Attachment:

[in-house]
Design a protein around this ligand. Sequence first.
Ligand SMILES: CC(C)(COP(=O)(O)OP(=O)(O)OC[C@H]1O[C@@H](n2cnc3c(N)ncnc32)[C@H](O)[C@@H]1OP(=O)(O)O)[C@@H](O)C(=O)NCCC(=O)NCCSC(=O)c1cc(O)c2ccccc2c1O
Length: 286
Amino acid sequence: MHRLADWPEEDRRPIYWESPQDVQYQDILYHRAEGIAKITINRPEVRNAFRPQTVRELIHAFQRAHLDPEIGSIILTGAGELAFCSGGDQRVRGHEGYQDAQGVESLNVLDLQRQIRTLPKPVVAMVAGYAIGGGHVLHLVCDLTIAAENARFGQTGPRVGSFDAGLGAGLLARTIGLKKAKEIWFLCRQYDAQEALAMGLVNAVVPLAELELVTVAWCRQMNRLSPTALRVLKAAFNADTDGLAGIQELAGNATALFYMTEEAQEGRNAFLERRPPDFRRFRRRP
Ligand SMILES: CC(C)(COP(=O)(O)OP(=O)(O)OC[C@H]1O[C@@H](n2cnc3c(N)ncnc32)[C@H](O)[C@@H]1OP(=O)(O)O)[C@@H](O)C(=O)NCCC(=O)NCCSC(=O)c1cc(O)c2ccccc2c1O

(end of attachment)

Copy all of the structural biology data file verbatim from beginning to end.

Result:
[in-house]
Design a protein around this ligand. Sequence first.
Ligand SMILES: CC(C)(COP(=O)(O)OP(=O)(O)OC[C@H]1O[C@@H](n2cnc3c(N)ncnc32)[C@H](O)[C@@H]1OP(=O)(O)O)[C@@H](O)C(=O)NCCC(=O)NCCSC(=O)c1cc(O)c2ccccc2c1O
Length: 286
Amino acid sequence: MHRLADWPEEDRRPIYWESPQDVQYQDILYHRAEGIAKITINRPEVRNAFRPQTVRELIHAFQRAHLDPEIGSIILTGAGELAFCSGGDQRVRGHEGYQDAQGVESLNVLDLQRQIRTLPKPVVAMVAGYAIGGGHVLHLVCDLTIAAENARFGQTGPRVGSFDAGLGAGLLARTIGLKKAKEIWFLCRQYDAQEALAMGLVNAVVPLAELELVTVAWCRQMNRLSPTALRVLKAAFNADTDGLAGIQELAGNATALFYMTEEAQEGRNAFLERRPPDFRRFRRRP
Ligand SMILES: CC(C)(COP(=O)(O)OP(=O)(O)OC[C@H]1O[C@@H](n2cnc3c(N)ncnc32)[C@H](O)[C@@H]1OP(=O)(O)O)[C@@H](O)C(=O)NCCC(=O)NCCSC(=O)c1cc(O)c2ccccc2c1O